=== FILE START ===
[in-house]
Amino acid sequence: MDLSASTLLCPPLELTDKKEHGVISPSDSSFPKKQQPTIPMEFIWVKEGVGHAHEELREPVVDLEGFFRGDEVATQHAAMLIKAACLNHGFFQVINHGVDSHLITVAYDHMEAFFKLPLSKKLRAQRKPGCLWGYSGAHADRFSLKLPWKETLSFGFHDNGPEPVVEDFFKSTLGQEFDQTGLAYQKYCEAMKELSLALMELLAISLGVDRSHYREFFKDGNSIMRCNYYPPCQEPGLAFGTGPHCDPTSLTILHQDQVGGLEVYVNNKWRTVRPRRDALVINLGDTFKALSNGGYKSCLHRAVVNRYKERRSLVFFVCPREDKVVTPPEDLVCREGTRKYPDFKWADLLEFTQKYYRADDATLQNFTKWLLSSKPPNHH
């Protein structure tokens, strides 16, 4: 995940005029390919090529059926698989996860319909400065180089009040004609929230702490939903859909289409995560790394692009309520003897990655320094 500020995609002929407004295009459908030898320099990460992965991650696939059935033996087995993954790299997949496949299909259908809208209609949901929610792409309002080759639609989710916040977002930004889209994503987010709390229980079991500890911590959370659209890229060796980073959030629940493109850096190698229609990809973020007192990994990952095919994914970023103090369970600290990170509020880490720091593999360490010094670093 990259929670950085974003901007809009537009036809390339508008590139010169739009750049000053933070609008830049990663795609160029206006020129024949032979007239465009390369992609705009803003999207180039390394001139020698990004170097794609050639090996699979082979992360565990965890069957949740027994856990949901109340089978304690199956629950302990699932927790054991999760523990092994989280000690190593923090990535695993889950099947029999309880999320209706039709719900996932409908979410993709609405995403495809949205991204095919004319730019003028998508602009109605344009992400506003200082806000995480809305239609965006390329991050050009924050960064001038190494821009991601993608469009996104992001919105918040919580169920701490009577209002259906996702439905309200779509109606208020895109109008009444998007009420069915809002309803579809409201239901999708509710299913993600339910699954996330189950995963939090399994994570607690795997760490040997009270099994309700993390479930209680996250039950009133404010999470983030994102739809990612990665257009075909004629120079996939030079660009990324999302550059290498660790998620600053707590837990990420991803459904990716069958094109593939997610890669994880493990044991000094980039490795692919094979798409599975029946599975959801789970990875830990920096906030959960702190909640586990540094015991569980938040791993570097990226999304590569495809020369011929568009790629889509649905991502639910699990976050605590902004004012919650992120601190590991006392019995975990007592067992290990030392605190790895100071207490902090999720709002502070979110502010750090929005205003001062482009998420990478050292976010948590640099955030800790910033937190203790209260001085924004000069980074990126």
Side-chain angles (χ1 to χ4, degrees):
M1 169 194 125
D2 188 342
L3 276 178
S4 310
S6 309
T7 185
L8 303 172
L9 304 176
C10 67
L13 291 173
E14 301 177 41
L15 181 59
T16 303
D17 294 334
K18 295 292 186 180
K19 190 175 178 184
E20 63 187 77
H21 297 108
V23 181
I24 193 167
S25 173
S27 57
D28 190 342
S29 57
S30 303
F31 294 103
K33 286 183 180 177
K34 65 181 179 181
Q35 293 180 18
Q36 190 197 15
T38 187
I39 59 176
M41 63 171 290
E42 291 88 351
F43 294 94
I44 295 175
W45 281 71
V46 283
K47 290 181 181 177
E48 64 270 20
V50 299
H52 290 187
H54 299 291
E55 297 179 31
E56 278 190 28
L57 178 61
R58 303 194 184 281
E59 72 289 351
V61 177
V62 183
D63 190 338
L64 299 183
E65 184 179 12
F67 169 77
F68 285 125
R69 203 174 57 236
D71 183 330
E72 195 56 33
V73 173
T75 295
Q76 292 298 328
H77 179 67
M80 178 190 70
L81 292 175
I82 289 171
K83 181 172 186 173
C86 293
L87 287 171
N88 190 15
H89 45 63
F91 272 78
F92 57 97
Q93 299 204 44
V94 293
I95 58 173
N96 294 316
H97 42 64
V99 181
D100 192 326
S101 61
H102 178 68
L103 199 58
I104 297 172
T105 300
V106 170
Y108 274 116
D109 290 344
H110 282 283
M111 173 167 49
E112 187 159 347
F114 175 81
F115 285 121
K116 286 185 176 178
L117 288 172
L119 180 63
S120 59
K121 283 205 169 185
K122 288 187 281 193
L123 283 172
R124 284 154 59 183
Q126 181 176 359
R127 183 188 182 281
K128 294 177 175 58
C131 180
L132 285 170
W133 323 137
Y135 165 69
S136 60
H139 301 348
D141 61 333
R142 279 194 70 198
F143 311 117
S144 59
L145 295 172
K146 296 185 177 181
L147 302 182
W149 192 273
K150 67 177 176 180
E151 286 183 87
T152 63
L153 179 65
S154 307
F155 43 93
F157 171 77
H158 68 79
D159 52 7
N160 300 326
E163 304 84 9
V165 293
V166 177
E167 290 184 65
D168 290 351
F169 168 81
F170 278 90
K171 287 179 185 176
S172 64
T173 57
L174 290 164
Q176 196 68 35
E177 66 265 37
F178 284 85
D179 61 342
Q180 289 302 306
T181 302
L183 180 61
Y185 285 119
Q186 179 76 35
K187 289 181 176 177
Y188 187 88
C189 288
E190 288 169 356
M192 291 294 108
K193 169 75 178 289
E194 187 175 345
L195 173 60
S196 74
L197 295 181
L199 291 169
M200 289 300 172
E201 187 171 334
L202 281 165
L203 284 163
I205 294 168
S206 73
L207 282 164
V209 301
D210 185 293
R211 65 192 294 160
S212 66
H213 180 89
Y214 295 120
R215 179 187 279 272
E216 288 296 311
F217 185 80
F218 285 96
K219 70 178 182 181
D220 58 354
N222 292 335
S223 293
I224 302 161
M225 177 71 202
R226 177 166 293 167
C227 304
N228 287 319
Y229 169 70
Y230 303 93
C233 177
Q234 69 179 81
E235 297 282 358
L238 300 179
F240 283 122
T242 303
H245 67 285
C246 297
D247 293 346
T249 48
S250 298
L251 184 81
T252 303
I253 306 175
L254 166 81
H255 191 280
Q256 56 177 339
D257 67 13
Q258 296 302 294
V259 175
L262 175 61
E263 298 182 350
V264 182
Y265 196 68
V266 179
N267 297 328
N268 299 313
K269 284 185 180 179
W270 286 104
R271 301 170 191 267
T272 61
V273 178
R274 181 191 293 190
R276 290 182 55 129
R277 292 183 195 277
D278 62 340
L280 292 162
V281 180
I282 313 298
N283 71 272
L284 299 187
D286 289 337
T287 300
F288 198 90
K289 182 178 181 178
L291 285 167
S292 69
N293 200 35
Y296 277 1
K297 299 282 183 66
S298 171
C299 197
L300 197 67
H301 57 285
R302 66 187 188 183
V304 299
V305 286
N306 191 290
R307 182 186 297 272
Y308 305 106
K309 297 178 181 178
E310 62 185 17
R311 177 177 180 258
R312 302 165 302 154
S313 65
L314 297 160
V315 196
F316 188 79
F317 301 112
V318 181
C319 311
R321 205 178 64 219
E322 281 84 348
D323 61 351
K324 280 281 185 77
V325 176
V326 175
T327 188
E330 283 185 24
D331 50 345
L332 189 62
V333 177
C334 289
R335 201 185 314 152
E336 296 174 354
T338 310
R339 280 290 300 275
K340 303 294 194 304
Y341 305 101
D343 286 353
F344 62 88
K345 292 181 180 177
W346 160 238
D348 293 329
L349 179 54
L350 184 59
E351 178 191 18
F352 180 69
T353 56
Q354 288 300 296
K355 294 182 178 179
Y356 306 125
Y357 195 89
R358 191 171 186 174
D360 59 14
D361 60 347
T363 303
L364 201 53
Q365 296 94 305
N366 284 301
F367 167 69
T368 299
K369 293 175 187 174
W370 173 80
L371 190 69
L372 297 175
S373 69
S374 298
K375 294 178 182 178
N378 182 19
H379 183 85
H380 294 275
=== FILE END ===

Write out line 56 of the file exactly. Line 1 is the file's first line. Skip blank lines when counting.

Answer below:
L64 299 183